Thursday, September 16, 2010

Explaining Halachot is Problematic (or Not?)

As I mentioned earlier, I'm reading Shlomo Sand's The Invention of the Jewish People and finding it remarkably unconvincing. Perhaps the single weirdest thing about it is that Sand is offering a revolutionary new reading of Jewish history, yet he never - not once - cites the relevant Jewish sources. If there's one thing Jews did throughout their history it's read and write books; some of the more important of them relate directly to his subject matter: say, the Talmud, for example. He seems never to have glanced at them, nor even to have any idea what's in them via the ample modern academic literature about them. I cannot stress enough how truly bizarre this is.

Admittedly, learning history from the Talmud requires some careful scholarship, since its creators were in no way recording the annals of their times, nor were they interested in what modern historians do. So what? Lots of historians spend lots of time and effort deciphering past issues from oblique sources.

An example of a matter the Talmud never actually tells us, though it would have been of major significance, is the relationship between their scholarly efforts and the broad, non-scholarly Jewish public. The rabbis haggled endlessly over the tiniest minutiae of countless matters; how did this relate to the daily life of the general public?

Today I passed an interesting hint. The topic is a convoluted discussion about which cheeses produced by pagans can be eaten by Jews, if at all, and what are the Biblical sources for the different positions. Back in Mishnaic times there had been an early discussion between Rabbi Yehoshua and Rabbi Ishmael (2nd century); it was cited by Rav Dimi when he moved from Eretz Israel to Babylonia (4th century). At one point in the original discussion Rabbi Yehoshua had admonished Rabbi Yishmael not to explain: "Yishmael my brother! Keep your lips sealed!"

The Gemara asks why Rabbi Yishmael wasn't allowed to explain his position, and answers that it was a new, recent rule. The Gemara interrupts itself and insists: so what was the reason for the proscription, and gives a technical explanation about the method of cheese production. Having clarified that, the Gemara goes back to ask what was special about new rules that it was forbidden to explain them, and cites a report from Ulla (a 3rd century rabbi who lived in the Galilee but traveled frequently to Babylonia): the rabbis in the west (=Eretz Israel) never explained their halachic rulings for 12 months, fearing that if they did the people might decide they weren't convinced and not act as instructed; after 12 months people would have gotten used to the new instruction and there would no longer be any harm in explaining it.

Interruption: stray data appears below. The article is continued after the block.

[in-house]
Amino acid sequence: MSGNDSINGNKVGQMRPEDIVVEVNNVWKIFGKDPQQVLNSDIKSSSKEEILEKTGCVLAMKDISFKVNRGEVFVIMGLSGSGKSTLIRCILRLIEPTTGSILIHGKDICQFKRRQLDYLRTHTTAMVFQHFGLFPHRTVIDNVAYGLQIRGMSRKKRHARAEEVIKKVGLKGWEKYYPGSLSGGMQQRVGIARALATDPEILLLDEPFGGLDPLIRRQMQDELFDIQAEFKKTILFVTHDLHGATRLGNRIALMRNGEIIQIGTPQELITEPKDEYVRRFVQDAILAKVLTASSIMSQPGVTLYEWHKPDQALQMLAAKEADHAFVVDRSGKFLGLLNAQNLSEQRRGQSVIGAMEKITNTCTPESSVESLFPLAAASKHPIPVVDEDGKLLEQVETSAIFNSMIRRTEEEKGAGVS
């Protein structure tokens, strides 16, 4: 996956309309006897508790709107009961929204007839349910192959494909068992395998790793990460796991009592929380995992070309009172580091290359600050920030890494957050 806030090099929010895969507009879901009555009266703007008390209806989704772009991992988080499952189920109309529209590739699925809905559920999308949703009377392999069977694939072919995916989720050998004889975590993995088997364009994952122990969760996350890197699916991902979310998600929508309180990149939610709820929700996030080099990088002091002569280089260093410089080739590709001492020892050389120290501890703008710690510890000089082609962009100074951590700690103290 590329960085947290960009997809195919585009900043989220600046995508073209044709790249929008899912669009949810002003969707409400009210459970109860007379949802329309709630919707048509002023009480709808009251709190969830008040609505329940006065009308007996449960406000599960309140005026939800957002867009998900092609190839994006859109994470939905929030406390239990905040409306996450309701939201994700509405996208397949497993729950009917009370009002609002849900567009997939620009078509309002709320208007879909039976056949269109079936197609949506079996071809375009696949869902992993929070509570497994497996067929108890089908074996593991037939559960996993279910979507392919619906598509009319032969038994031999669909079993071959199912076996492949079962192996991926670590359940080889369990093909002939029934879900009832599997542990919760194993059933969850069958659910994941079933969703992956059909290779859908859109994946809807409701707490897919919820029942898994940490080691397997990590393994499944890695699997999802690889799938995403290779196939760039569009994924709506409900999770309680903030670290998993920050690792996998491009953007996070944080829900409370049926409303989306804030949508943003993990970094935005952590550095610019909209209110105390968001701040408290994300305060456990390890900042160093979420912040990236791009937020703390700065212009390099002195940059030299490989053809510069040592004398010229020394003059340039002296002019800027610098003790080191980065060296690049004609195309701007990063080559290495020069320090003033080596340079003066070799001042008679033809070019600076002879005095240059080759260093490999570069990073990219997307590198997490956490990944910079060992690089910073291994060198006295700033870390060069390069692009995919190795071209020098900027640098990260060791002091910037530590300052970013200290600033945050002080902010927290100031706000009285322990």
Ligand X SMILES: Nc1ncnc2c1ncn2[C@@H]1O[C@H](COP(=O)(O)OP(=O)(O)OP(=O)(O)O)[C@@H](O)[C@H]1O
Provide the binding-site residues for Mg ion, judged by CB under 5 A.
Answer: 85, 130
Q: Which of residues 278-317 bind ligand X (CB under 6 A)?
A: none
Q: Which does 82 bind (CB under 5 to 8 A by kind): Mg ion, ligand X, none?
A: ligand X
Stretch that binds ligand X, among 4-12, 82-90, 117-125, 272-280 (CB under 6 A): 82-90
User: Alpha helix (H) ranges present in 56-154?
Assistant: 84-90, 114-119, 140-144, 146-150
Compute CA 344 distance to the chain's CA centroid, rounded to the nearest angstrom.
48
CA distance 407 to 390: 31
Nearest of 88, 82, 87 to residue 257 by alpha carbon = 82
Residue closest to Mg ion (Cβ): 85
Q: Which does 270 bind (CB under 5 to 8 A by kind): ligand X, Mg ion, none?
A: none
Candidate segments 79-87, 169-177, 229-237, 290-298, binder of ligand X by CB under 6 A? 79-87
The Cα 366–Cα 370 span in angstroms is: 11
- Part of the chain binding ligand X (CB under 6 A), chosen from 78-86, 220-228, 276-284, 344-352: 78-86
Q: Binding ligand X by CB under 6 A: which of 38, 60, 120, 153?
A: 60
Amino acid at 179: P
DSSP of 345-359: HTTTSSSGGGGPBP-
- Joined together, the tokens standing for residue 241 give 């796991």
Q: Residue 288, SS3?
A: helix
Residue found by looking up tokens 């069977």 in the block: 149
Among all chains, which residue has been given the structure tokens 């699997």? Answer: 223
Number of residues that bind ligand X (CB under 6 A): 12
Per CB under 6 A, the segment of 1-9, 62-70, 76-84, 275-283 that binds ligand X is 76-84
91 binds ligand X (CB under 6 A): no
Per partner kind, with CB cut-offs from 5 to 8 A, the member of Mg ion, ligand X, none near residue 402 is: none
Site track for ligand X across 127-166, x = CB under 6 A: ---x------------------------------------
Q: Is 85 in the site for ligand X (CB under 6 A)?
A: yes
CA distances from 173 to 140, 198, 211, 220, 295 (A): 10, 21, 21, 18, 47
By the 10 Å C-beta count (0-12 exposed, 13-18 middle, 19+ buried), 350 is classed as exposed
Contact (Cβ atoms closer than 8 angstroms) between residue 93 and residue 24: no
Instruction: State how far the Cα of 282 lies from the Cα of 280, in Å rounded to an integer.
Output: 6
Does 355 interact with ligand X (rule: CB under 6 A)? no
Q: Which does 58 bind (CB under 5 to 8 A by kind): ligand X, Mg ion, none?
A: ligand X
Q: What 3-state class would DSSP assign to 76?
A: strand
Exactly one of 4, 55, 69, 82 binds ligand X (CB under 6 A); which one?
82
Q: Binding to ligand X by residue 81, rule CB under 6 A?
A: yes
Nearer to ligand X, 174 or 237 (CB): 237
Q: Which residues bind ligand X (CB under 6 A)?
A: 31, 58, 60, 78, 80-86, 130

Avoda Zara 35a. This thread starts and is explained here.

15 comments:

Anonymous said...

Yaacov

you could a management bestseller on that wisdom

did it ever happen that a new rule was allowed to lapse quietly when it proved to be too dangerous for daily life?

Silke

Anonymous said...

English translation:
http://halakhah.com/zarah/zarah_35.html
I think I have the correct folio. Yaacov's explanation is much easier to follow than the original.
T34zakat

Victor said...

Silke,

Actually, yes. A law that is unenforceable - meaning, the vast majority of Jews do not consent to keep it - is null and void.

There have been cases of this, although I'm too far away from the "old books" at the moment to give a specific source. For example, from what I remember, at one point a decree was made that a Jewish man should go to mikveh before (or was it after? or both?) every instance of sexual intercourse with his wife.

The point was to discourage having sex for the purpose of satisfying lust and pleasure by imposing barriers that slowed the process down. So, if you want to nook your wife next shabbos, you have to prepare in advance, give it some thought, take out time to hike two miles to the nearest lake (a natural mikveh), etc.

The reasons for doing so are beyond the scope of this comment, but relate to the sanctity with which Jewish tradition treats sexual relations between husband and wife, and the physical and spiritual process of conceiving a child.